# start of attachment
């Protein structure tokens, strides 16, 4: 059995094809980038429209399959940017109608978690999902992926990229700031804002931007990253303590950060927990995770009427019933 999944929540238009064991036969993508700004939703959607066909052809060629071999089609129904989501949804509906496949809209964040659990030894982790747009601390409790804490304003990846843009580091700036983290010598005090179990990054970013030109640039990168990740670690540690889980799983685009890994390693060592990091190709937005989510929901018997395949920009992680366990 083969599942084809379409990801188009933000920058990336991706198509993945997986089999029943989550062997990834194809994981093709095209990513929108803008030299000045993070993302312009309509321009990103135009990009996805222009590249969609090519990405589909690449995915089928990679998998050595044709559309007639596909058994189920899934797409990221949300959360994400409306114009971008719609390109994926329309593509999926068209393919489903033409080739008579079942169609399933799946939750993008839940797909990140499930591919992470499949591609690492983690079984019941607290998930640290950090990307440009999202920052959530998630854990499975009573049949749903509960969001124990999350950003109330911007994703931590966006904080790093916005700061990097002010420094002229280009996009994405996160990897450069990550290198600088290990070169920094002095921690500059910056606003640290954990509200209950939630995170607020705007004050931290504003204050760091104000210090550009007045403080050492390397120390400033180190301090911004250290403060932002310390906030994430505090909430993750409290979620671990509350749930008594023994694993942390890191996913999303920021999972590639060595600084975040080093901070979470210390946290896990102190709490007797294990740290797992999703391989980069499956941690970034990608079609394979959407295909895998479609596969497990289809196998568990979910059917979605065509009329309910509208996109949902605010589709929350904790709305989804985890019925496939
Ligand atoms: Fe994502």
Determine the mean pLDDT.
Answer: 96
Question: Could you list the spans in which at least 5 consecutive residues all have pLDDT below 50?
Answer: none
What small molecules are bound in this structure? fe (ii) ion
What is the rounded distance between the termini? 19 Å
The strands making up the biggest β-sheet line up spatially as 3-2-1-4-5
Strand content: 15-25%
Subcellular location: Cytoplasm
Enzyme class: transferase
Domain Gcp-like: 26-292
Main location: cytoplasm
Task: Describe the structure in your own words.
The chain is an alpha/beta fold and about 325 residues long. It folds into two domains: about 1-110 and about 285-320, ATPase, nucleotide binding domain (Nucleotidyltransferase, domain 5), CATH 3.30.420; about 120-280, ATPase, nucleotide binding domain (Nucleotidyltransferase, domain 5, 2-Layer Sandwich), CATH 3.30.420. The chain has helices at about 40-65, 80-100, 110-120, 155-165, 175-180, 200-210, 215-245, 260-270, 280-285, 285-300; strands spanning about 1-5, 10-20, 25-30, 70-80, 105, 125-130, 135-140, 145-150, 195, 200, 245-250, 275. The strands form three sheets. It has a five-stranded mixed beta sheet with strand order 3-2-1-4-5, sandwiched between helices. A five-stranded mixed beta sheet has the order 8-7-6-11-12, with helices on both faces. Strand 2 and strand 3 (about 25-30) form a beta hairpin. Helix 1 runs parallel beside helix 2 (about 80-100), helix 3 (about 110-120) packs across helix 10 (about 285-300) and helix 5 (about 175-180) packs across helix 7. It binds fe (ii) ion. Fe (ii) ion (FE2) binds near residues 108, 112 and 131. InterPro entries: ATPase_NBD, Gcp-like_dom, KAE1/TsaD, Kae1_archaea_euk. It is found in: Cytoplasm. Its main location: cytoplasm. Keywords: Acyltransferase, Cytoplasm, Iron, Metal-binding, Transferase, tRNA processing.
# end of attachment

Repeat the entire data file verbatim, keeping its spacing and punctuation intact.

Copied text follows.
């Protein structure tokens, strides 16, 4: 059995094809980038429209399959940017109608978690999902992926990229700031804002931007990253303590950060927990995770009427019933 999944929540238009064991036969993508700004939703959607066909052809060629071999089609129904989501949804509906496949809209964040659990030894982790747009601390409790804490304003990846843009580091700036983290010598005090179990990054970013030109640039990168990740670690540690889980799983685009890994390693060592990091190709937005989510929901018997395949920009992680366990 083969599942084809379409990801188009933000920058990336991706198509993945997986089999029943989550062997990834194809994981093709095209990513929108803008030299000045993070993302312009309509321009990103135009990009996805222009590249969609090519990405589909690449995915089928990679998998050595044709559309007639596909058994189920899934797409990221949300959360994400409306114009971008719609390109994926329309593509999926068209393919489903033409080739008579079942169609399933799946939750993008839940797909990140499930591919992470499949591609690492983690079984019941607290998930640290950090990307440009999202920052959530998630854990499975009573049949749903509960969001124990999350950003109330911007994703931590966006904080790093916005700061990097002010420094002229280009996009994405996160990897450069990550290198600088290990070169920094002095921690500059910056606003640290954990509200209950939630995170607020705007004050931290504003204050760091104000210090550009007045403080050492390397120390400033180190301090911004250290403060932002310390906030994430505090909430993750409290979620671990509350749930008594023994694993942390890191996913999303920021999972590639060595600084975040080093901070979470210390946290896990102190709490007797294990740290797992999703391989980069499956941690970034990608079609394979959407295909895998479609596969497990289809196998568990979910059917979605065509009329309910509208996109949902605010589709929350904790709305989804985890019925496939
Ligand atoms: Fe994502």
Determine the mean pLDDT.
Answer: 96
Question: Could you list the spans in which at least 5 consecutive residues all have pLDDT below 50?
Answer: none
What small molecules are bound in this structure? fe (ii) ion
What is the rounded distance between the termini? 19 Å
The strands making up the biggest β-sheet line up spatially as 3-2-1-4-5
Strand content: 15-25%
Subcellular location: Cytoplasm
Enzyme class: transferase
Domain Gcp-like: 26-292
Main location: cytoplasm
Task: Describe the structure in your own words.
The chain is an alpha/beta fold and about 325 residues long. It folds into two domains: about 1-110 and about 285-320, ATPase, nucleotide binding domain (Nucleotidyltransferase, domain 5), CATH 3.30.420; about 120-280, ATPase, nucleotide binding domain (Nucleotidyltransferase, domain 5, 2-Layer Sandwich), CATH 3.30.420. The chain has helices at about 40-65, 80-100, 110-120, 155-165, 175-180, 200-210, 215-245, 260-270, 280-285, 285-300; strands spanning about 1-5, 10-20, 25-30, 70-80, 105, 125-130, 135-140, 145-150, 195, 200, 245-250, 275. The strands form three sheets. It has a five-stranded mixed beta sheet with strand order 3-2-1-4-5, sandwiched between helices. A five-stranded mixed beta sheet has the order 8-7-6-11-12, with helices on both faces. Strand 2 and strand 3 (about 25-30) form a beta hairpin. Helix 1 runs parallel beside helix 2 (about 80-100), helix 3 (about 110-120) packs across helix 10 (about 285-300) and helix 5 (about 175-180) packs across helix 7. It binds fe (ii) ion. Fe (ii) ion (FE2) binds near residues 108, 112 and 131. InterPro entries: ATPase_NBD, Gcp-like_dom, KAE1/TsaD, Kae1_archaea_euk. It is found in: Cytoplasm. Its main location: cytoplasm. Keywords: Acyltransferase, Cytoplasm, Iron, Metal-binding, Transferase, tRNA processing.